As a child, my mom and I would spend every Saturday morning at Feira do Pau. Feira do Pau, or The Ebony Market, was our local outdoor craft market and a weekend staple in the city of Maputo, Mozambique, where I grew up. This Saturday market joined many craftspeople from the region to trade goods such as traditional capulana clothes, clay vases, batiks, ebony and sandalwood sculptures, baskets, and many other traditional craft pieces from all over the country and its neighboring lands. Now closed over ten years ago, this weekly gathering holds a fond place in my memory with the bright spark of color it used to bring to the streets surrounding Maputo’s Fort. To many in the city, Feira do Pau was a souvenir stop to buy a gift before visiting a friend or to mark a special occasion, and with time, it became a “souvenir” place for me as well. The word souvenir originates from French, and translates to “memory” or “to remember.” After all, what am I doing, when I buy and collect such pieces, if not spreading throughout my current home in Lisbon, Portugal little reminders of where I am from?
If I have to think about the role of crafts and Feira do Pau for my mom and me back then, it was about solving our simple needs: our desire for beauty and identity. It provided us with a remarkable opportunity not only to strengthen our relationship with one another, but also to forge a deeper connection with our surroundings. We had the privilege of engaging directly with the people who produced the goods we consumed, gaining valuable insights into their origins and witnessing firsthand the expertise and perspectives they brought to their craft.
“Our creations are open invitations for use and collective contribution.”
One day, while strolling through the market, my mom pointed at a stunning bowl. Crafted from clay and fired in a brick kiln, it displayed enchanting fire stains that spanned a range of shades from warm terracotta to deep black hues. “I really need a new vase for the plant Aunt Mena gave me; this looks nice!” she said.
“This is a bowl; it doesn’t have a hole,” I replied.
“Don’t worry, mãe, I can drill you a hole in no time,” the artisan offered.
“You better not, or it’ll break the vase,” my mom warned him.
“Let’s do it like this—I see you, mãe, every week walking around the market. Next Saturday, I’ll have a new bowl with a hole.”
The next Saturday, there it was—not only our perfectly holed vase exactly how my mom needed it, but six identical others as well. It became a new product this man now proudly displayed on his stand.
As I recollect this trivial dialogue, I realize how it reflects our way of designing. Our objects don’t come with name tags. They are vases; they are sinks; they are bowls. Our objects don’t often come with signatures, and they certainly never come with rules:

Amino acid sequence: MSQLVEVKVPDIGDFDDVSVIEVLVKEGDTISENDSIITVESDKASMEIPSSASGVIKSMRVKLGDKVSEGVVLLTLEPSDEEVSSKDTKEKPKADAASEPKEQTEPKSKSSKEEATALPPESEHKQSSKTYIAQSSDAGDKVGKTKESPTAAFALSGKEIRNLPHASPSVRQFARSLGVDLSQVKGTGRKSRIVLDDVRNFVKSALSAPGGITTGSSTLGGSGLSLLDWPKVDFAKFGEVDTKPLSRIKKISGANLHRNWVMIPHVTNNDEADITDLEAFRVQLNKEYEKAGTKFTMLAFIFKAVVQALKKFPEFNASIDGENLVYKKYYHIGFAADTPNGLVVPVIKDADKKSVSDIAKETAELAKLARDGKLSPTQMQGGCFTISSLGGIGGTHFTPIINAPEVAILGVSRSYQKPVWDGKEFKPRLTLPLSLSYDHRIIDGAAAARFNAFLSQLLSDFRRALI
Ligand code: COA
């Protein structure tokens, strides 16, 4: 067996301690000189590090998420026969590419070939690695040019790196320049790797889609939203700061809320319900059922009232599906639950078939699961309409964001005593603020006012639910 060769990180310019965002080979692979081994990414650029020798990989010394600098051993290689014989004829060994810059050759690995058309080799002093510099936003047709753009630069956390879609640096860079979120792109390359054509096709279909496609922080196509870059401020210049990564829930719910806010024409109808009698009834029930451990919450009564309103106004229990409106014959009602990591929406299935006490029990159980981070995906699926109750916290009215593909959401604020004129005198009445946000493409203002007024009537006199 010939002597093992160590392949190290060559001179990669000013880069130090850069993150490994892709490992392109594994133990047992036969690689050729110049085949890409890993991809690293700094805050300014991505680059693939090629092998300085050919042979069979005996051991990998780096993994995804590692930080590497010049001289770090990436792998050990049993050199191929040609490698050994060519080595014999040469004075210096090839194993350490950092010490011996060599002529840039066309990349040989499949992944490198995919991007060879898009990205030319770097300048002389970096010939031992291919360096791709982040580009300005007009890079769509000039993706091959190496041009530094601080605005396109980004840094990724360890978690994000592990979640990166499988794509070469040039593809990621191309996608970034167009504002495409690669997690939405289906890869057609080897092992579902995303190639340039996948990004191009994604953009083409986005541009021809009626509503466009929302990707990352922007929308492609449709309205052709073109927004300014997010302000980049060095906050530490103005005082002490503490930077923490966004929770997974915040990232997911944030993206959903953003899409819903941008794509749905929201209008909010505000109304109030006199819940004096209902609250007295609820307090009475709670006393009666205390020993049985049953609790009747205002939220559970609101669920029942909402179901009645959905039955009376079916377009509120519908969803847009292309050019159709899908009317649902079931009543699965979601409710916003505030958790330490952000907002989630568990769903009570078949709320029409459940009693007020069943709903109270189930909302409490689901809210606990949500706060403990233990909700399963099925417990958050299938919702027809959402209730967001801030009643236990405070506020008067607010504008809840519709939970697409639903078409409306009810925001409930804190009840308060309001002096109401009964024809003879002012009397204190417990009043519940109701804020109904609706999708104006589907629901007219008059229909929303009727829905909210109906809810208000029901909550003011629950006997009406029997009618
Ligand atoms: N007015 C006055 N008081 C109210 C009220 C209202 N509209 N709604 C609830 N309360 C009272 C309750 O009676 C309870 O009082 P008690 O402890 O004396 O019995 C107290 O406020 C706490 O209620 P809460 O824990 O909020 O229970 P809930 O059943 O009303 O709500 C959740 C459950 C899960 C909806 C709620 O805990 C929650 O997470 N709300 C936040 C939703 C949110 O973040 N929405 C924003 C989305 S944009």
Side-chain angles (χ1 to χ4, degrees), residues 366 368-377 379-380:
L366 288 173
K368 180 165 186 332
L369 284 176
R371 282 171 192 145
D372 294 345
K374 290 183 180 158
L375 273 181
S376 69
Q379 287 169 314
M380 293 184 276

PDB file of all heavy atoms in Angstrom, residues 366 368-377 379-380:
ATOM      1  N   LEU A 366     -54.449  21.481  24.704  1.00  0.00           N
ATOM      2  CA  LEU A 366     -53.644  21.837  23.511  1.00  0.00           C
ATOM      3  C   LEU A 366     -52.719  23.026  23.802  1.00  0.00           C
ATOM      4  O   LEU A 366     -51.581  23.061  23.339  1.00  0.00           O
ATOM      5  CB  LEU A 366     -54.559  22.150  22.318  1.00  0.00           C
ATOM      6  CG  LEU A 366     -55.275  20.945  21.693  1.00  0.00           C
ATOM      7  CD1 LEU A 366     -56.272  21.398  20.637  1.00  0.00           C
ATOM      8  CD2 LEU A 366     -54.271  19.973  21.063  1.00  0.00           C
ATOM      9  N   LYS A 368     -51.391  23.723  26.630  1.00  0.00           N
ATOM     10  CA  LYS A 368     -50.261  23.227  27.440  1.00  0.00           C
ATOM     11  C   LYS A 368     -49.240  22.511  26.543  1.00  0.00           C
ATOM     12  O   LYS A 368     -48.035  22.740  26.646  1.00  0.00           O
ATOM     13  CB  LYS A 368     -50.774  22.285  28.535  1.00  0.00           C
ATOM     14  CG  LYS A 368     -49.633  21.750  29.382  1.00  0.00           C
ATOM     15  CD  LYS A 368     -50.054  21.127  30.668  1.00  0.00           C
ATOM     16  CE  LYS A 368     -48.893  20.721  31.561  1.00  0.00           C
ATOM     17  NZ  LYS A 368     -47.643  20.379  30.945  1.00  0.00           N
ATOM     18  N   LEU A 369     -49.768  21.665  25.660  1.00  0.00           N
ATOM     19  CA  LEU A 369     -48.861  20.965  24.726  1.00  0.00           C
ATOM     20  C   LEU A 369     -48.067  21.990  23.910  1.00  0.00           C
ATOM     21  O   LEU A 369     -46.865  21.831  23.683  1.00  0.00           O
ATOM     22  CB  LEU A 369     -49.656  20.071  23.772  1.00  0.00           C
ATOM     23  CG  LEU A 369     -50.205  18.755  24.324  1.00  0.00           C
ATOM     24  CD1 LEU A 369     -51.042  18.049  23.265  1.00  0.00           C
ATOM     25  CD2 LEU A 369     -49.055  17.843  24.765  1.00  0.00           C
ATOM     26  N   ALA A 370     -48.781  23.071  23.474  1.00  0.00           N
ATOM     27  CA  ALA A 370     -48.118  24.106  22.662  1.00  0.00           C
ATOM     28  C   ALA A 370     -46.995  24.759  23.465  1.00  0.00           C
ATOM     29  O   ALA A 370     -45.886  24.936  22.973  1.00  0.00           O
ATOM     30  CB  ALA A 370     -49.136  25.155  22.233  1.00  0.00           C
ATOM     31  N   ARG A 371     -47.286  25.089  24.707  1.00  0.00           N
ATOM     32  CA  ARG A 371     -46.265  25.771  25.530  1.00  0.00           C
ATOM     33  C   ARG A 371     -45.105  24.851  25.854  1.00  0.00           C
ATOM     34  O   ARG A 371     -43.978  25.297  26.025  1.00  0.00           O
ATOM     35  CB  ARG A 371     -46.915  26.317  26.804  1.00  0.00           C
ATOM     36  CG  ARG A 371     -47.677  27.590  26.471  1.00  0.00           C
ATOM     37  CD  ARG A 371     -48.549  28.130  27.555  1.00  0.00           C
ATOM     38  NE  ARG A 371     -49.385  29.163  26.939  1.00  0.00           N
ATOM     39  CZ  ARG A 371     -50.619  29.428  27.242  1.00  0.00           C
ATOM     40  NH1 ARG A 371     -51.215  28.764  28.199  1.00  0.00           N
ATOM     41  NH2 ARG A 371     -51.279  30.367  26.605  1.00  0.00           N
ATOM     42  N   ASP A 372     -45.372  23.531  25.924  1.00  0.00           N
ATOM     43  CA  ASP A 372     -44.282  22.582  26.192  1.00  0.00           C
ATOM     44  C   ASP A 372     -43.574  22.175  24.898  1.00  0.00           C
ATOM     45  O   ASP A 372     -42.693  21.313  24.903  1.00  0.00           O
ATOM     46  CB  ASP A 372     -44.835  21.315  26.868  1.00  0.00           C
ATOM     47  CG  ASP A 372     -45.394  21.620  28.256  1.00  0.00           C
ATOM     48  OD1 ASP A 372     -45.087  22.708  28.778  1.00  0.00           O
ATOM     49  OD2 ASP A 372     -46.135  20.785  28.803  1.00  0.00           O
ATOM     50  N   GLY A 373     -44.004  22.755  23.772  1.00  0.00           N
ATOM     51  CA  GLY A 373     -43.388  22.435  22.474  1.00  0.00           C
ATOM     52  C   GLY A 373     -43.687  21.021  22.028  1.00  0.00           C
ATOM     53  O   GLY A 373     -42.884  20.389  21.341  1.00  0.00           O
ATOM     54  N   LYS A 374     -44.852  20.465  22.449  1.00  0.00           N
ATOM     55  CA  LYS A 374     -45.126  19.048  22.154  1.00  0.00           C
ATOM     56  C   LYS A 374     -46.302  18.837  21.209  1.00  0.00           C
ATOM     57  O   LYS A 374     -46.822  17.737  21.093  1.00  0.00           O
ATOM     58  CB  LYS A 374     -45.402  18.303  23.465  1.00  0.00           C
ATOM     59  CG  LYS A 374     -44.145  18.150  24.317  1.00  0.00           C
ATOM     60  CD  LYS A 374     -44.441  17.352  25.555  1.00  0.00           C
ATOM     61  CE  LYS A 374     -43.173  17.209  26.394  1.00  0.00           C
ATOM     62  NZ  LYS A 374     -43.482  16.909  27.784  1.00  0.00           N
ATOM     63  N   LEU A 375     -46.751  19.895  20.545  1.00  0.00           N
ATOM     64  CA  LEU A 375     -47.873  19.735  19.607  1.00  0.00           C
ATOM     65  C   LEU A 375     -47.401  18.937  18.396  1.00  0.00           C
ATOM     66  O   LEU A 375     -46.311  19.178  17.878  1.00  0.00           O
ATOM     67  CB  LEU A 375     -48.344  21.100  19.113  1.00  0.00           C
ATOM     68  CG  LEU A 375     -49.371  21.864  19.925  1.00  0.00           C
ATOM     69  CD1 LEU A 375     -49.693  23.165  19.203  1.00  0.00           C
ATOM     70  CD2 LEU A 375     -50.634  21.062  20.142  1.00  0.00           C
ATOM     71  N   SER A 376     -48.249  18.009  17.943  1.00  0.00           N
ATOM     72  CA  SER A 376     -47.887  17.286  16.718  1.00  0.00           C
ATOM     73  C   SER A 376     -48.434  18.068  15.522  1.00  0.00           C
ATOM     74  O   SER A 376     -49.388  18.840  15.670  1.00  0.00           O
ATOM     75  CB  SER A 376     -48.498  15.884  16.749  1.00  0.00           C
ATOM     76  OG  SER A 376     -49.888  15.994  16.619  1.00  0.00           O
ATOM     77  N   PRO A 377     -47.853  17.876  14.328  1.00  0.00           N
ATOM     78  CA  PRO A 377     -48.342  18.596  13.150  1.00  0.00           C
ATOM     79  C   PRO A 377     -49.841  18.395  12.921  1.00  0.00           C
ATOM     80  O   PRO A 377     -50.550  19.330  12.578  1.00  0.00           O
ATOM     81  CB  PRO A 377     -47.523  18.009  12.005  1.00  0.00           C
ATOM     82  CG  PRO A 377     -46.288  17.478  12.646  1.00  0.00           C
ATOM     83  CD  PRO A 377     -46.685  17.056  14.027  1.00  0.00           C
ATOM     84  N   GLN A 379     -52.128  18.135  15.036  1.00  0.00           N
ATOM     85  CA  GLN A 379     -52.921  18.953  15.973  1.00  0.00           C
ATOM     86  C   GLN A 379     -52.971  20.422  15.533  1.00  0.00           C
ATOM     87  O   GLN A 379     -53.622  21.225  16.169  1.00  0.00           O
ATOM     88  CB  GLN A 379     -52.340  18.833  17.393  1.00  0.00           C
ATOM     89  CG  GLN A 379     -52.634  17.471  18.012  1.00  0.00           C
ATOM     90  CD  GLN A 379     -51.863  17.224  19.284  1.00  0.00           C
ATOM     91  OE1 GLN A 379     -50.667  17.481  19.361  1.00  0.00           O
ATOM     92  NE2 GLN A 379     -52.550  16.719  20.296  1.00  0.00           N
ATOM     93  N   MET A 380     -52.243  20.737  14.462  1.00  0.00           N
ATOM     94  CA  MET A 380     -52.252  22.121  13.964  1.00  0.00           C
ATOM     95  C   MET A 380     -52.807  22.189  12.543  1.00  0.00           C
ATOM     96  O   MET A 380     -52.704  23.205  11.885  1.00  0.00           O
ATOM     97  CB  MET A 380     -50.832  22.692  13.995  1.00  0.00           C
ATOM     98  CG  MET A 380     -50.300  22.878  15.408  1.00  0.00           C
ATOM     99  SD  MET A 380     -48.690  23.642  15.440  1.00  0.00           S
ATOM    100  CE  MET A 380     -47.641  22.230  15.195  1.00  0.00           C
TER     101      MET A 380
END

“Do not bleach!”
“Do not machine wash!”
“Handle with care!”
Rather, our creations are open invitations for use and collective contribution. Through their usage, we take part in designing our reality every day, since no one knows our needs better than we do. That’s the beauty of crafts—how it invites you inside the pieces, and has the power to connect you to who and where they are made. A sense of identity is shared through a crafted object, and it broadens a conception of authorship toward the community. A crafted object can work as a tangible document of the time, climate, social structures, and identity of a place. By simply admiring a basketry piece, you can get a glimpse into a culture’s reality. The materials will tell you about the local resources, while the size can hint at the maker’s stature. The colors and patterns will suggest how the craftsperson expresses joy, and the object’s precision may hint at their introversion. Moreover, when looking at a crafted piece, you are not only facing one creator—rather, you are seeing a series of individuals that, through generations, succeeded in passing down and adapting their knowledge and know-how to transform their resources into goods.
“That’s the beauty of crafts—how it invites you inside the pieces, and has the power to connect you to who and where they are made.”
I feel as though I have contributed toward shaping our objects. Not as a designer, but as a person proud to buy, wear, cook, handle, and contemplate our pieces. I have contributed with my requirements, and my belief that I would find my needs met in our trips to Feira do Pau. And I don’t state this with vanity or pretension—because nothing globally is ever made for us. Instead, we proudly take part in collectively designing our reality every day, since no one knows our needs better than we do.
Feira do Pau closed permanently around 2010, giving way to FEIMA, a daily market of crafts, flowers and gastronomy.
Iany Gayo (she/her) is a Lisbon-based Mozambican designer. After leaving Mozambique to study Architecture, she discovered the discipline of design which brought her back to her upbringing’s interest in crafts, ancient techniques, and local materials. In 2020 she co-founded MACHEIA, a design studio focused on natural fibers, ancient techniques, and their continuity.
This text was produced during Resistance Stories of Design—a workshop organized by Onomatopee and Futuress as part of the HistoricALL! project. The text was first published in the riso-printed homonym zine HistoricALL! A collective rewriting of design history with an introduction by Maxime Benvenuto as well as contributions by curator Cecilia Casabona, all workshop participants and the workshop leaders, Alvin Arthur, Mayar El Barky, Annika Frye, Kilian Frieling, Noam Youngrak Son, Maya Ober, Margarita Osipian, and Leanne Wijnsma. This version of the text has been slightly edited.
Title image: Clay vases from local potter, Maputo, Mozambique. (Photograph by Iany Gayo)